TAMPA – With perhaps his greatest team, Nick Saban is taking his greatest gamble.
Changing offensive coordinators a week before the national championship game is an audacious move, one that underscores the complete authority Saban has at Alabama. We will find out Monday whether it’s his most brilliant calculated risk yet, or whether it was a mistake of monumental proportions.
For all of Saban’s deadly seriousness and buttoned-down approach, he has been willing to roll the dice in huge situations. There was, of course, the onside kick that was such a significant part of beating Clemson last year in the College Football Playoff national championship game. There also was a jaw-dropping fake punt early in the BCS championship game against Texas in 2010, a play that backfired but did not cost Saban a title.
But removing Lane Kiffin and replacing him with Steve Sarkisian is a far bigger risk than either of those. Those were one-play gambles. This full-game gamble potentially alters every offensive play undefeated Alabama calls in the Clemson rematch Monday night.
This is Saban trifling with his own famed Process. A program constructed into a colossus by painstaking focus on daily details is suddenly remaking the building blocks. Coach Process is rejiggering his procedures – and doing it on the fly, before facing the best opponent the Crimson Tide has seen all season.
It takes some stones to do that. But will it work?
If Alabama wins, Saban will be hailed for making an ultimate boss move when 99 percent of the men in his position would have stood pat and rode out one more week with Kiffin, just hoping it doesn’t all fall apart on the biggest stage. He will be applauded for having the guts to do something radical in a sport where there is mortal fear of messing with a winning formula.
If Alabama loses, Saban will open himself to criticism for making what could be construed as a rash move based on ego or anger or control issues. He will be questioned about jeopardizing his juggernaut’s year-long title quest because he couldn’t find a way to work with his offensive coordinator for one more week. If Saban could tolerate Kiffin’s eccentricities for 43 games, why couldn’t he suck it up for a 44th?
That is the dramatic context as Saban attempts to take another step toward the summit of the all-time coaching mountain.
You can argue persuasively that he’s already there, with five national titles in 13 seasons (LSU 2003, Alabama 2009, ’11, ’12, ’15). With greater overall competition in college football now, Saban’s run is a modern miracle.
But Bear Bryant and his six clamed titles (1961, ’64, ’65, ‘73’ 78, ’79) loom not just over the college football record books, but over the campus in Tuscaloosa most of all. Saban might be the second-greatest college football coach ever, and the second-greatest in Alabama history.
(Note: Four of Bryant’s titles are contested in one form or another, and the ’73 title is nothing but a technicality. One of the major wire services, United Press International, nonsensically did its final voting before the bowl games were played, and Alabama lost to fellow unbeaten Notre Dame in the Sugar Bowl that year. Saban’s first title, via the BCS at LSU, was split with Associated Press No. 1 USC. Long story short: Don’t complain about the current system; it used to be much worse.)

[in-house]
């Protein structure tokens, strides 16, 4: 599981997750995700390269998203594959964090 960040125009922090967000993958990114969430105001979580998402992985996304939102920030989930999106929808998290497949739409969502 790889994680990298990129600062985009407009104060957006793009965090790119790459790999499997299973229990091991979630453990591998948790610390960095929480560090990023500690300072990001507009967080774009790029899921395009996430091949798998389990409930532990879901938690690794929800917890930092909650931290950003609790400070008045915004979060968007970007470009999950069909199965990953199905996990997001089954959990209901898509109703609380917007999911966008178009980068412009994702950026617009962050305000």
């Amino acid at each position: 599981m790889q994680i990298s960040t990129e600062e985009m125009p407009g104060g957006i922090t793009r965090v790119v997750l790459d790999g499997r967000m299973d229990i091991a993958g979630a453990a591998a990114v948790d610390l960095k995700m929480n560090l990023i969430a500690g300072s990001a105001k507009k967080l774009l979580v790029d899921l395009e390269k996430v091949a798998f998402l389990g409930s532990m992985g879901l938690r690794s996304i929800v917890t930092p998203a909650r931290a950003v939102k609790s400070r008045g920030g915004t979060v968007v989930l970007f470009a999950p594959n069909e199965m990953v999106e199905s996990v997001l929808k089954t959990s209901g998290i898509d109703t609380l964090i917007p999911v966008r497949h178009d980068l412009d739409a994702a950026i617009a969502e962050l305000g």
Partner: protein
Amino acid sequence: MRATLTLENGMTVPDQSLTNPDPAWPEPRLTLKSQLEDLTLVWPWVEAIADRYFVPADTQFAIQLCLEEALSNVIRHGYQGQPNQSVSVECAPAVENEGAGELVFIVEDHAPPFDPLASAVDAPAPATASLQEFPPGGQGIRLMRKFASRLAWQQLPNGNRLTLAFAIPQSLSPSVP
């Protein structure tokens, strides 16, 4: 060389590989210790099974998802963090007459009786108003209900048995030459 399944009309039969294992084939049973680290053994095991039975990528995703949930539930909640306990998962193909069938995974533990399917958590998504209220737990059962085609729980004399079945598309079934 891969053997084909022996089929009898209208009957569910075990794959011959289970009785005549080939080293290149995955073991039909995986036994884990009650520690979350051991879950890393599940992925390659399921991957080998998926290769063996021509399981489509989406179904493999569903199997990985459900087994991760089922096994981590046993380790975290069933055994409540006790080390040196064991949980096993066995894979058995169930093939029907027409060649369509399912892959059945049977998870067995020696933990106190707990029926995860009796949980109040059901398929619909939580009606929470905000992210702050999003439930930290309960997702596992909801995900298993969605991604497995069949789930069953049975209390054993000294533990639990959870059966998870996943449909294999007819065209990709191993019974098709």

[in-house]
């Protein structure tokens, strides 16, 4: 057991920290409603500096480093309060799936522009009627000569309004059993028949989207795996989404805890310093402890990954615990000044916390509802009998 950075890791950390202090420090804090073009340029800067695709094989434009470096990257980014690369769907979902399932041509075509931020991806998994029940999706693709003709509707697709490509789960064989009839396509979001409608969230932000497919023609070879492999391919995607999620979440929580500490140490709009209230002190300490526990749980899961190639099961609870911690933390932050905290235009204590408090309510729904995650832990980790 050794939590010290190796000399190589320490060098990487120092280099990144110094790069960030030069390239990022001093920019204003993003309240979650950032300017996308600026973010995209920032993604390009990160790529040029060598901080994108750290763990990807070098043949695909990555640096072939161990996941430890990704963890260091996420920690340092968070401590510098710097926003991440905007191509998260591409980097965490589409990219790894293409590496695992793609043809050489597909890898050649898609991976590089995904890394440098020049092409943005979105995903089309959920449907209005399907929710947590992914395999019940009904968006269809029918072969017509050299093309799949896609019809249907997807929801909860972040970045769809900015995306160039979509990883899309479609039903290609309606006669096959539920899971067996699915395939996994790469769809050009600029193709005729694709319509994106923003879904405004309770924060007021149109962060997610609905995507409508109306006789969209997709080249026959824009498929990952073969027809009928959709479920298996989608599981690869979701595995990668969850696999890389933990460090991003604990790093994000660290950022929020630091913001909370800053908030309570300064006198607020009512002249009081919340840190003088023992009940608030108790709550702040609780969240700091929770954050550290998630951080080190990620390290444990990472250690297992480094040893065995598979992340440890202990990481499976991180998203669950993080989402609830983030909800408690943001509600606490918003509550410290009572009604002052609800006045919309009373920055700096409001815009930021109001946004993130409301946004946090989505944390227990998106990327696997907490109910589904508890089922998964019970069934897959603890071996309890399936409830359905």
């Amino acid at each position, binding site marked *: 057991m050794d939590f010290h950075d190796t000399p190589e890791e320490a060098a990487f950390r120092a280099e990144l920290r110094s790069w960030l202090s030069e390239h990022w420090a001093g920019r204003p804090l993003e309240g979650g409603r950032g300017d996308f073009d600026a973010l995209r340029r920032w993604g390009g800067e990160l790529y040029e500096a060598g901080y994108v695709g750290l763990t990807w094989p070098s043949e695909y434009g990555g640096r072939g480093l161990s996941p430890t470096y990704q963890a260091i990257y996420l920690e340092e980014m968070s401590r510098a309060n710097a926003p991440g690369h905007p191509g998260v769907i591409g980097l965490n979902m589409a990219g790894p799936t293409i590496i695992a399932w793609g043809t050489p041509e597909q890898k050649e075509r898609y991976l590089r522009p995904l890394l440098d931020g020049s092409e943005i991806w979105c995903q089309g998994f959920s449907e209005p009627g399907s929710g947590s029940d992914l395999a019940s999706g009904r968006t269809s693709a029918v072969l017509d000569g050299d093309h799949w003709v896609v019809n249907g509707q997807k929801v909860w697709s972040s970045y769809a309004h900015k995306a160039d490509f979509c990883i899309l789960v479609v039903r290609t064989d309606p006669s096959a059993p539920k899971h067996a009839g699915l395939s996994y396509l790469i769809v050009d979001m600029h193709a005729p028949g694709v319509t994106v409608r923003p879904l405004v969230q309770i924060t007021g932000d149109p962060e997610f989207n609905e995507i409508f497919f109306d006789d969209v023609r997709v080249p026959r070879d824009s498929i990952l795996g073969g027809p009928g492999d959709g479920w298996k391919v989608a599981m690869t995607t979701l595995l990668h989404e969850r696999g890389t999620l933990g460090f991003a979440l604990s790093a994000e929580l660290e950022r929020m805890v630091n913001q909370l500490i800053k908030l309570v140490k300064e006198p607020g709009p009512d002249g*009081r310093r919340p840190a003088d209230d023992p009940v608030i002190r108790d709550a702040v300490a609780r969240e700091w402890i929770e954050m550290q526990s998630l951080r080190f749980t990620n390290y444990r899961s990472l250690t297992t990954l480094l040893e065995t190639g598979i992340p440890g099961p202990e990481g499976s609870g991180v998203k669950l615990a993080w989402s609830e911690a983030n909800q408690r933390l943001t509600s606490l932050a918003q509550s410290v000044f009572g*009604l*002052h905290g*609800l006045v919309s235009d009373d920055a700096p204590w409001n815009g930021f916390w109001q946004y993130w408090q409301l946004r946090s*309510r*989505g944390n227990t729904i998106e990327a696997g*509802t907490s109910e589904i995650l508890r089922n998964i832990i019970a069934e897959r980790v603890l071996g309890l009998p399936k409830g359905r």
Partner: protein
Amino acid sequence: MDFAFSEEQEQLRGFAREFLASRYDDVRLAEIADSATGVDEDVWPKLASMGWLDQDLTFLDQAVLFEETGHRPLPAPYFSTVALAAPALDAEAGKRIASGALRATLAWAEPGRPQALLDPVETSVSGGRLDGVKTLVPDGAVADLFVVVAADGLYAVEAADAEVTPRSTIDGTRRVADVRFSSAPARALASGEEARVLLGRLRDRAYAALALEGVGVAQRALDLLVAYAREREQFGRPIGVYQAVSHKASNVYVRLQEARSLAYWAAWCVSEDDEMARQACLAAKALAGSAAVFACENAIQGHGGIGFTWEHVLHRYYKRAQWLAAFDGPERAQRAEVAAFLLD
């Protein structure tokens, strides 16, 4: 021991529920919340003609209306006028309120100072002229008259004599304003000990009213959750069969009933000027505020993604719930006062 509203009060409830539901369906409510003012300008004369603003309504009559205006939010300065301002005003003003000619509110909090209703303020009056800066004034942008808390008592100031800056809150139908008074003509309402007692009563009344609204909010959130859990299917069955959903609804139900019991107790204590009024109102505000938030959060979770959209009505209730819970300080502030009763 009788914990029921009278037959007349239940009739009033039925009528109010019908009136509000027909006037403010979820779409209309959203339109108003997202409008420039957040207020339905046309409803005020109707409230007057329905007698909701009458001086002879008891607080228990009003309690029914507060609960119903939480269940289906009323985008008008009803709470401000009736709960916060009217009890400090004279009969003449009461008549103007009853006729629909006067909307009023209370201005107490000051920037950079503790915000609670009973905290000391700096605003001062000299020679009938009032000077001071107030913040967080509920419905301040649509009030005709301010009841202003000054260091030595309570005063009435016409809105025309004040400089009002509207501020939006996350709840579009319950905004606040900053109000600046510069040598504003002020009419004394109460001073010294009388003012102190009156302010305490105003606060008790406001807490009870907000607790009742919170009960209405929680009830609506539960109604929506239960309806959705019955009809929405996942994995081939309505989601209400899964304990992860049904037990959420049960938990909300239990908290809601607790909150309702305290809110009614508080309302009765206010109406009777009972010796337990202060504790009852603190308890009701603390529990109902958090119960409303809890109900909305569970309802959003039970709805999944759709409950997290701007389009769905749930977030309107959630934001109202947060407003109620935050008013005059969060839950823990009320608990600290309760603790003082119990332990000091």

Clemson coach Dabo Swinney, an Alabama native and alumnus, was asked Sunday about Saban’s dominance. His gushing was sincere.
“I mean, I’ve never seen anything like it,” Swinney said. “Obviously I grew up, Coach Bryant was a hero of mine, and everybody here knows about Coach Bryant. But with what Coach Saban has done, the amount of championships in the span of time with [85 maximum] scholarships, it’s just incredible. I really have no words, because it’s really hard to do. … To be able to regroup and create that edge and meet those challenges, continue to manage your staff and your roster and compete at the highest level, I mean, it’s just unbelievable what has happened.
“You know, he came there, obviously Alabama was kind of in a state of flux when he got there. But he has brought a system and a philosophy, and it didn’t take him long to get it in place. But he’s changed college football. I mean, he really has been a pioneer and changed a lot of the way things are done in college football, in building infrastructure, which I think are great, because now you have young people that have a lot more resources. They have a lot more people trying to help them be successful.
“Just incredible the run that they’ve had, no question.”
Clemson is the program positioned to stop the run Monday night. The Tigers played the Crimson Tide off their feet last year in the title game, with the margin of victory no wider than a perfectly timed and executed onside kick.
That was a big gamble. The one Nick Saban is taking now is far bigger.
The results of that gamble will either add another layer of luster to his legend, or take a chunk out of it. Monday night we will know.